Shanghai unveils square dancing law
By Zhou Wenting in Shanghai
China Daily

Square dancing is one of the most popular activities among China's elderly population, and it has often caused controversy because of its loud music and use of public spaces.(Photo: agencies)

Shanghai recently became the latest city in the country to unveil local regulations on square dancing, a popular form of mass fitness among the middle-aged and the elderly that has sparked controversy because of complaints from nonparticipants about disturbances.

The group of individuals participating in square dancing should adhere to public rules and social customs and never disturb others around them, according to the Shanghai Municipal Regulation on the Protection and Promotion of Public Cultural Services, which was approved by the city's legislature on Tuesday.

The local subdistrict authority and managers of public venues will assume a larger role in the organization and coordination of such public dances to ensure they are carried out smoothly, according to the regulation that will take effect at the beginning of next year.

Issues surrounding square dancing-which on the one hand is a healthy activity for participants and on the other hand a disturbance for bystanders as loudspeakers are usually used-have been discussed for years. The new regulation aims to find a balance, according to the local legislature.

Some other cities and provincial-level regions have published similar regulations aimed at the problem.

In Beijing, a regulation targeting public sports activities that took effect in 2017 stipulated that all participants in such activities at public venues should not disturb others.

The Guangxi Zhuang autonomous region's measure, effective in 2016, clarified that musical instruments or loudspeakers are forbidden for all sports activities in public areas between 10 pm and 6 am.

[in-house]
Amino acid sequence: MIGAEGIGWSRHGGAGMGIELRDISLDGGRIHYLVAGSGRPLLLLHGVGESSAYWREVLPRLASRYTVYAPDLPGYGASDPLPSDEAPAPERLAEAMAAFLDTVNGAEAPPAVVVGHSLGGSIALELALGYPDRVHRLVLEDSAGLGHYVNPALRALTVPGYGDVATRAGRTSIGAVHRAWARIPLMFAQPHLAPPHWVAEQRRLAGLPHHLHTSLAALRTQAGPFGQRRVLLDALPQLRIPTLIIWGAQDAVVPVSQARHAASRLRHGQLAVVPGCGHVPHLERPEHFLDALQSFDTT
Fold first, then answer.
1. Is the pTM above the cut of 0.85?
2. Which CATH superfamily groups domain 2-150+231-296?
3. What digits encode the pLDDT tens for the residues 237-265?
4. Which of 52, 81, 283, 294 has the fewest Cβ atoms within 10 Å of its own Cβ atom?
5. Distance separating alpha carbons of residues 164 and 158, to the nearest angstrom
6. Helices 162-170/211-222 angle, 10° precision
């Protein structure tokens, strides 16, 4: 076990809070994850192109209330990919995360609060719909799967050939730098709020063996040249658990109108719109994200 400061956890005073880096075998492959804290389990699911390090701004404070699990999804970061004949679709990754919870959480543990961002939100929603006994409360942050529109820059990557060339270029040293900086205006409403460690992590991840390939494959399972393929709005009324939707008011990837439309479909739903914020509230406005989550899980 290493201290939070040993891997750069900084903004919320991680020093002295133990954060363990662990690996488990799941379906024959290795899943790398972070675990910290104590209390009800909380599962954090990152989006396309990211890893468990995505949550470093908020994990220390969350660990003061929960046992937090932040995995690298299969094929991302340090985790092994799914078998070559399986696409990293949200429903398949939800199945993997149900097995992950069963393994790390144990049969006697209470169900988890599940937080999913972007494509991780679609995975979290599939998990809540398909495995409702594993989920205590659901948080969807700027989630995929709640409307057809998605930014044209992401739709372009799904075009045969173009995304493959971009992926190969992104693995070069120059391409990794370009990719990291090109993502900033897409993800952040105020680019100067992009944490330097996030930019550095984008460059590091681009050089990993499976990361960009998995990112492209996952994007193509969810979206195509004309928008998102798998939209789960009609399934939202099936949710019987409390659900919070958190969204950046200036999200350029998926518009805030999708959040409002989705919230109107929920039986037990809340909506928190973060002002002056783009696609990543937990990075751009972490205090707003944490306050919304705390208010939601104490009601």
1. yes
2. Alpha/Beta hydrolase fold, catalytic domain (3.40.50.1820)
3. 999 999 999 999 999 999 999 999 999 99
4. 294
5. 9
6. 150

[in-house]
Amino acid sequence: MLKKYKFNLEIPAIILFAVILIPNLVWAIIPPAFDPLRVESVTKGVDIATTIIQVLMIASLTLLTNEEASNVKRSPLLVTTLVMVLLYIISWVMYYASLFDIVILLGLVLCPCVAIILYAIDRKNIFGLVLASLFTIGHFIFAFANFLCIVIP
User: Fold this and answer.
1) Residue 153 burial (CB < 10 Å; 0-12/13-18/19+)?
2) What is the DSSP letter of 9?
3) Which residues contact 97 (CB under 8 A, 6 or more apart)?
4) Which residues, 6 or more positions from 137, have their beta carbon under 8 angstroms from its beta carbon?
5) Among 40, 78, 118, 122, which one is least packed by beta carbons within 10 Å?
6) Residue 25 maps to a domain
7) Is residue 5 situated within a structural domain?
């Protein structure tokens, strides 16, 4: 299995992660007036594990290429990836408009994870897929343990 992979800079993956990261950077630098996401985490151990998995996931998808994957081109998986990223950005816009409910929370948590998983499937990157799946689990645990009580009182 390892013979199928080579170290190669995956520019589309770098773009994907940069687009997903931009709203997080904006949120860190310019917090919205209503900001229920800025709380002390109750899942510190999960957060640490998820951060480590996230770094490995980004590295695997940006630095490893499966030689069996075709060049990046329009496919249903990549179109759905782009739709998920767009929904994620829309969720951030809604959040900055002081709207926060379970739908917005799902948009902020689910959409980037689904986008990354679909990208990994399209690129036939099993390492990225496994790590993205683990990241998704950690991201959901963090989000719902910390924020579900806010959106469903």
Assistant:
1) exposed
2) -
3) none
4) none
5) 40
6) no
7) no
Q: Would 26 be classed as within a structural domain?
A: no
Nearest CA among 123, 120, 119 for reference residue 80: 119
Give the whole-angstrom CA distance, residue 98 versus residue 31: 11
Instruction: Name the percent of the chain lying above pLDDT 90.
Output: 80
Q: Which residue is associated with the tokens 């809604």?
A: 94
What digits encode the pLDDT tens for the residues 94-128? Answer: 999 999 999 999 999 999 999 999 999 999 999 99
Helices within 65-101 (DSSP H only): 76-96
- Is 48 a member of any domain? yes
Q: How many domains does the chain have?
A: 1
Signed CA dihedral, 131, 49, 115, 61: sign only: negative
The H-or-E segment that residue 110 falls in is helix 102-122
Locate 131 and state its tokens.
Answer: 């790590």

A similar regulation took effect in 2015 in Xi'an, Shaanxi province. Individuals who violate the regulation and refuse to correct their behavior will be fined 200 yuan ($30).

Few details have been given about Shanghai's regulation.

Xia Yang, from Minhang district's Xinsong subdistrict management office in the city, said that she hoped the regulation would specify the maximum decibels that music can be played at and the minimum distance that dancing participants must keep from residential buildings so that they can better put the regulation into practice.

Li Zishu, who lives on Loushanguan Road in the city's Changning district, said that there is usually a crowd of more than 100 people that join square dances near her home, and her 9-year-old son often complains about the noise from the loudspeakers.

"The time for the elderly to enjoy square dancing is from 7 pm to 9 pm after dinner, which coincides exactly with the prime time for children to do school assignments. I hope the regulation will provide a reasonable time frame for public dancing," said Li, who said she even installed an airtight window above the boy's desk.

Zhang Lixin, a 65-year-old Shanghai resident who has participated in square dancing for six years, said this form of leisure and sports is popular among many of her friends. She said they understand the importance of respecting neighbors but expect the government to allow them to have access after dinner to more venues, such as schools and community activity centers.